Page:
Kavita Patel, MD, a primary care physician and Brookings Institution scholar in Washington, D.C., who was an advisor on the Democrats’ platform, said, “This is all just posturing and politics and almost a continuation of things [Trump’s] been saying without any real details behind it.”
Many of these items — such as ending surprise billing, lowering health insurance premiums, and cutting prescription drug prices — would have Democrats’ support “but they would get there in a different way,” Patel said.
One thing she was surprised not to see in the agenda were references to abortion or other reproductive health issues, she noted.
Insurance Coverage Neglected
Rosemarie Day, founder and CEO of Day Health Strategies and author of Marching Toward Coverage: How Women can Lead the Fight for Universal Healthcare, was dumbfounded by the overall lack of substance in the agenda, and particularly by the absence of a plan to deal with rising rates of uninsurance related to the pandemic.
Day thought the Trump campaign could have at least included a plan for returning to the “baseline” on the number of uninsured. Another administration might have chosen to promote Medicaid coverage or encourage unemployed workers to enroll on the health insurance exchanges, but not this administration, she said.
“So, they’re really just leaving people out in the cold,” Day said.
Wilensky, too, suggested it would have been “useful” for the Trump campaign to have “talked about how they envision getting more people covered.”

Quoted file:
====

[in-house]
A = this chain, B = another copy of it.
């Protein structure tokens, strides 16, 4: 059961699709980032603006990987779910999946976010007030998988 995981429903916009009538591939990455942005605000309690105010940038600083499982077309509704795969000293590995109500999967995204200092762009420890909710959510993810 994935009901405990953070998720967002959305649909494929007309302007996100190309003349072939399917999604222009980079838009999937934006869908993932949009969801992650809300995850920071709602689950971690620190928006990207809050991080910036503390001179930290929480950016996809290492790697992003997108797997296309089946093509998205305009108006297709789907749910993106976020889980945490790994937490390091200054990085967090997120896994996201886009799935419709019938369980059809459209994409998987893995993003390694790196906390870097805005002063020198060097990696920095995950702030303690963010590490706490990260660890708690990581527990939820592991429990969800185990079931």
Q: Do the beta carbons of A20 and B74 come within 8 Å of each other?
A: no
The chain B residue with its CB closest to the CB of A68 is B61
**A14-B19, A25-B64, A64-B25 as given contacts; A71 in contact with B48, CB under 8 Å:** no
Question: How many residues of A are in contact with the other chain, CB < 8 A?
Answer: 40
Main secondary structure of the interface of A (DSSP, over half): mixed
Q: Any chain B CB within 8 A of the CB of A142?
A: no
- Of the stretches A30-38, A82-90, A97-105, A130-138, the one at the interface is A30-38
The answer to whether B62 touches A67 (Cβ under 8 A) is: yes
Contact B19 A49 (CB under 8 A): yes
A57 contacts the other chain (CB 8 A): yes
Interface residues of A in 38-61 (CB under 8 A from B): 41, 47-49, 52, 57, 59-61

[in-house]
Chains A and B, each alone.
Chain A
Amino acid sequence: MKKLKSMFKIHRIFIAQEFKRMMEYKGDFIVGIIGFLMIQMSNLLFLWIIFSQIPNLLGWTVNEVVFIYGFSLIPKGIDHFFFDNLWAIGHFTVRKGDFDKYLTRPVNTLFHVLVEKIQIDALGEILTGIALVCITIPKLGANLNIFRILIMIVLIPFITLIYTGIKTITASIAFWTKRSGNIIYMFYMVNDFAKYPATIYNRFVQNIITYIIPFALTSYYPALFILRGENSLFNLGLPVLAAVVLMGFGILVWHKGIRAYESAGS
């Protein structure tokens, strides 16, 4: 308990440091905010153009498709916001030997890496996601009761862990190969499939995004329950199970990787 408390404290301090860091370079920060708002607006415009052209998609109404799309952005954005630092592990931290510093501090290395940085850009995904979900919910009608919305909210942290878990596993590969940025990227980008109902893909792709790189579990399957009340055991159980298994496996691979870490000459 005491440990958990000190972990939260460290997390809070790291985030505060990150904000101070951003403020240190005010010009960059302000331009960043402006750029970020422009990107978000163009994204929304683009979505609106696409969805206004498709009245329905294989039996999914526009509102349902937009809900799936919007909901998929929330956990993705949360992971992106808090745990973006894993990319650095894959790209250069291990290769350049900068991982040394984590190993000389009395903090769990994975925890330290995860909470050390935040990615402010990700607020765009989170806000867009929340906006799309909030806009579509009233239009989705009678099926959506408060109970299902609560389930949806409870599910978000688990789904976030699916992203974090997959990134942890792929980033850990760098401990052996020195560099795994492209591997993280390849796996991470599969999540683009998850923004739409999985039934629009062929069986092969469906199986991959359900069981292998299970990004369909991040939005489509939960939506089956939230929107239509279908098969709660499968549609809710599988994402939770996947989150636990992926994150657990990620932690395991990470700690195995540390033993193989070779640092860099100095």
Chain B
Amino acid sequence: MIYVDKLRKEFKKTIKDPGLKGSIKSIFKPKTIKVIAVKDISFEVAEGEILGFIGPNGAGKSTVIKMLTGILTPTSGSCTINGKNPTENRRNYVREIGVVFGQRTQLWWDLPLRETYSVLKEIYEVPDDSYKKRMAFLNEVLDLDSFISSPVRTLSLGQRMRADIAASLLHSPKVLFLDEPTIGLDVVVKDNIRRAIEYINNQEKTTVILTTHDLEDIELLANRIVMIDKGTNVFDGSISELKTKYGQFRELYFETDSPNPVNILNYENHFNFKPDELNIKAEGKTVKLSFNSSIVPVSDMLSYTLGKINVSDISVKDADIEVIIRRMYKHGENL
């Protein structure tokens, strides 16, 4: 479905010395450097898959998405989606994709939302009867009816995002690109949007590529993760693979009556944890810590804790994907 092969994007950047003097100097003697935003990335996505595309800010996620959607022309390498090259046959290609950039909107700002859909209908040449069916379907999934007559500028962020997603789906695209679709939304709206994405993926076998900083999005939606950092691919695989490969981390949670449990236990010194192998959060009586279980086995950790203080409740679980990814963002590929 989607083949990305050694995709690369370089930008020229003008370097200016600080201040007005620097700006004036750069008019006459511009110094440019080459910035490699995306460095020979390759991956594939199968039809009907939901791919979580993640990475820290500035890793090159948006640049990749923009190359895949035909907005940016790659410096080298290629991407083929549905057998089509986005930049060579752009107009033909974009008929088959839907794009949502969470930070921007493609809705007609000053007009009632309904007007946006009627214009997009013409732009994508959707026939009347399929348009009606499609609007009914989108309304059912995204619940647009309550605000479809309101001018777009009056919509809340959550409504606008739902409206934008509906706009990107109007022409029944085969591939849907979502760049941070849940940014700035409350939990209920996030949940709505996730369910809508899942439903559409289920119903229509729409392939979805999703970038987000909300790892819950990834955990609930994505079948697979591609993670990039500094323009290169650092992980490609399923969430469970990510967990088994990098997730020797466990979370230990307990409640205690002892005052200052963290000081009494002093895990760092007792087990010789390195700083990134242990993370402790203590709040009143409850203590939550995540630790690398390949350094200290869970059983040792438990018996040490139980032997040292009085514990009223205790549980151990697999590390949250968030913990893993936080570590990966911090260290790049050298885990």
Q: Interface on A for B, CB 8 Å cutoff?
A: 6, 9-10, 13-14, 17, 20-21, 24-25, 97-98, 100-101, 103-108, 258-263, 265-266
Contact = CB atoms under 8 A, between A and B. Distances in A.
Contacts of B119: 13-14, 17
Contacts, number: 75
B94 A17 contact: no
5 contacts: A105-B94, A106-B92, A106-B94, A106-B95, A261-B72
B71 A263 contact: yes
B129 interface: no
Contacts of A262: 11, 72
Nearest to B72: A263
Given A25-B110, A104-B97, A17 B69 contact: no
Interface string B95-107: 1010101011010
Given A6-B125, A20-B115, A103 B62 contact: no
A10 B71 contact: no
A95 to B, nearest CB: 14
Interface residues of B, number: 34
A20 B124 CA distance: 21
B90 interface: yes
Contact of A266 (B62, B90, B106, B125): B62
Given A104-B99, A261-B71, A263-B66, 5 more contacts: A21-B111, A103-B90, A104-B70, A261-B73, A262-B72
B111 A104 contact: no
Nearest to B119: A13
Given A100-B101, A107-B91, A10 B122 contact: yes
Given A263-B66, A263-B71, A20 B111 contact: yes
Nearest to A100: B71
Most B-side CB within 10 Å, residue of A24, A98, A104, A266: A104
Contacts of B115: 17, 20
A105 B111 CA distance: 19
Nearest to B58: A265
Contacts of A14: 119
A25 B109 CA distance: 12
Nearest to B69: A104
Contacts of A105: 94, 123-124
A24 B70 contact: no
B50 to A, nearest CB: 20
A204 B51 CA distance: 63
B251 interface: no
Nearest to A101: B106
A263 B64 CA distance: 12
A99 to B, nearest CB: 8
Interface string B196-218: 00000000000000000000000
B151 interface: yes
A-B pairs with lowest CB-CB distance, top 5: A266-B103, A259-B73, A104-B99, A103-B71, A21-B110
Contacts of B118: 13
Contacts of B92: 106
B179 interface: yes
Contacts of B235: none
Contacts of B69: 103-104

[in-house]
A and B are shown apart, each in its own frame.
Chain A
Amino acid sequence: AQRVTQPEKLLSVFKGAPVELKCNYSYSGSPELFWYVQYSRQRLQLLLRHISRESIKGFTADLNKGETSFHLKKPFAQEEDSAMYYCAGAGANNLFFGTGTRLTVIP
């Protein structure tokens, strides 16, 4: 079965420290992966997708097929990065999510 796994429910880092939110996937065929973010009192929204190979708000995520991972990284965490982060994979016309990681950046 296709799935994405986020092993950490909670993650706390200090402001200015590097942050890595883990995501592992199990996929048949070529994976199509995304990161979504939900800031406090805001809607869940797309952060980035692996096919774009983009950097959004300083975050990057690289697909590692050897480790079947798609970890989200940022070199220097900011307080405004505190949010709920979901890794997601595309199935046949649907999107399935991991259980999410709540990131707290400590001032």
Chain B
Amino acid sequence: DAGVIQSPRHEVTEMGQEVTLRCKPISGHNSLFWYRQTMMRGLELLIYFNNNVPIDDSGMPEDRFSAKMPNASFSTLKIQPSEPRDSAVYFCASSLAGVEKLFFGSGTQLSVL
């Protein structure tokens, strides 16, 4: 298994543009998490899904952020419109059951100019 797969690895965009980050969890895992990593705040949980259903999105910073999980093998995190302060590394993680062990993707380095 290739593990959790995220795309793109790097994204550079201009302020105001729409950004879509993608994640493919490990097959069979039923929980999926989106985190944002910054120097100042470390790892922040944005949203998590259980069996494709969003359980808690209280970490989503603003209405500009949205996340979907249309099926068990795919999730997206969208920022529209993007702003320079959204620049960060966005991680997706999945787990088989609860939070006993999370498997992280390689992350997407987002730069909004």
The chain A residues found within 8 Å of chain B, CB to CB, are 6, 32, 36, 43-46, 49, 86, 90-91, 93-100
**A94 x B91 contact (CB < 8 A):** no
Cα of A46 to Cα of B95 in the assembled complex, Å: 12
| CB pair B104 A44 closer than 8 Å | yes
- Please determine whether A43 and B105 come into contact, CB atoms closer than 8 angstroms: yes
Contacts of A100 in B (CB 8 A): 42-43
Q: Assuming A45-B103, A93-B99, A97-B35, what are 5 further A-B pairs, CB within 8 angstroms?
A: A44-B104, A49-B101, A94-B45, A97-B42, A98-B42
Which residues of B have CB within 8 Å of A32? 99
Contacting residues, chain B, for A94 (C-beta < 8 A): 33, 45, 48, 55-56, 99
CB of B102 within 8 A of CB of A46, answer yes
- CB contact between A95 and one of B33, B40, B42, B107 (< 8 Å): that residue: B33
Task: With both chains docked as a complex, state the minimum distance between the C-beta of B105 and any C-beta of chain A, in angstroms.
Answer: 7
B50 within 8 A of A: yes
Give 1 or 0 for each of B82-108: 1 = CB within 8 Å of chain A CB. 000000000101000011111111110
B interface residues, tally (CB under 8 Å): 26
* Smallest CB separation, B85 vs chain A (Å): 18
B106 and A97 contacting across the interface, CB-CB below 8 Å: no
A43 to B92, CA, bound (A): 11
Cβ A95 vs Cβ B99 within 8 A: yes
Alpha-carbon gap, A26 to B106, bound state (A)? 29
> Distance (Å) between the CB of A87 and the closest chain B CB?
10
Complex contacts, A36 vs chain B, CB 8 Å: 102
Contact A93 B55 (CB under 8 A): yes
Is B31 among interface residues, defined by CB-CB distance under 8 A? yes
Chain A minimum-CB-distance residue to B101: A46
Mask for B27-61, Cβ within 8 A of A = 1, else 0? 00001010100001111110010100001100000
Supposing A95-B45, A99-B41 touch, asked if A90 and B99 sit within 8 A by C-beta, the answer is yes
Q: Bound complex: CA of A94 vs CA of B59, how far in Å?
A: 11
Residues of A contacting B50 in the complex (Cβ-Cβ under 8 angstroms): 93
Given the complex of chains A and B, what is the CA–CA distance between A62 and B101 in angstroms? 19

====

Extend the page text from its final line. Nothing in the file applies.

Paul Ginsburg, PhD, director of the USC-Brookings Schaeffer Initiative for Health Policy, said much of the agenda is “just aspirations.”
“‘Put patients and doctors in charge of our healthcare system’? … I don’t know what the policy is, [but] who’s going to quarrel with that?”
Lowering healthcare premiums also sounds “nice” but how that would be achieved is unclear, he said.
One agenda item in the document that really really irked Day was the Trump administration’s pledge to protect people who have pre-existing conditions.
“I consider the ‘covering all pre-existing conditions’ an outright lie,” she said. “I find it incredibly upsetting that [Trump] continues to say that” because he spent his first term attacking the ACA, which does protect pre-existing condition coverage.
Day also noted that the administration has repeatedly promised an ACA replacement without ever delivering an actual proposal.
Responding to the Pandemic
The Trump campaign agenda lists “eradicate COVID-19” on its bullet list, but Patel said it’s “probably not an achievable goal.” A more realistic target is to control it better.
“We have deaths every year and hospitalizations from influenza, but we have a vaccine and we have … strategies to protect people like seniors and young children,” Patel said. “That’s exactly the kind of attitude we have to take” with regard to COVID-19.
For both Patel and Ginsburg, “return to normal” is another aspiration that’s beyond the government’s power to deliver.
“So much depends on a vaccine and its acceptance and how quickly it can be produced,” Ginsburg said.
As for making all critical medicines and supplies for healthcare workers in the United States, Ginsburg acknowledged that it’s theoretically doable, but still unrealistic because it would be “way too expensive.”
“Brand name drugs are routinely produced in other countries as well as the U.S.; I wouldn’t want to upset that supply chain, especially for drugs that are in shortage,” he said.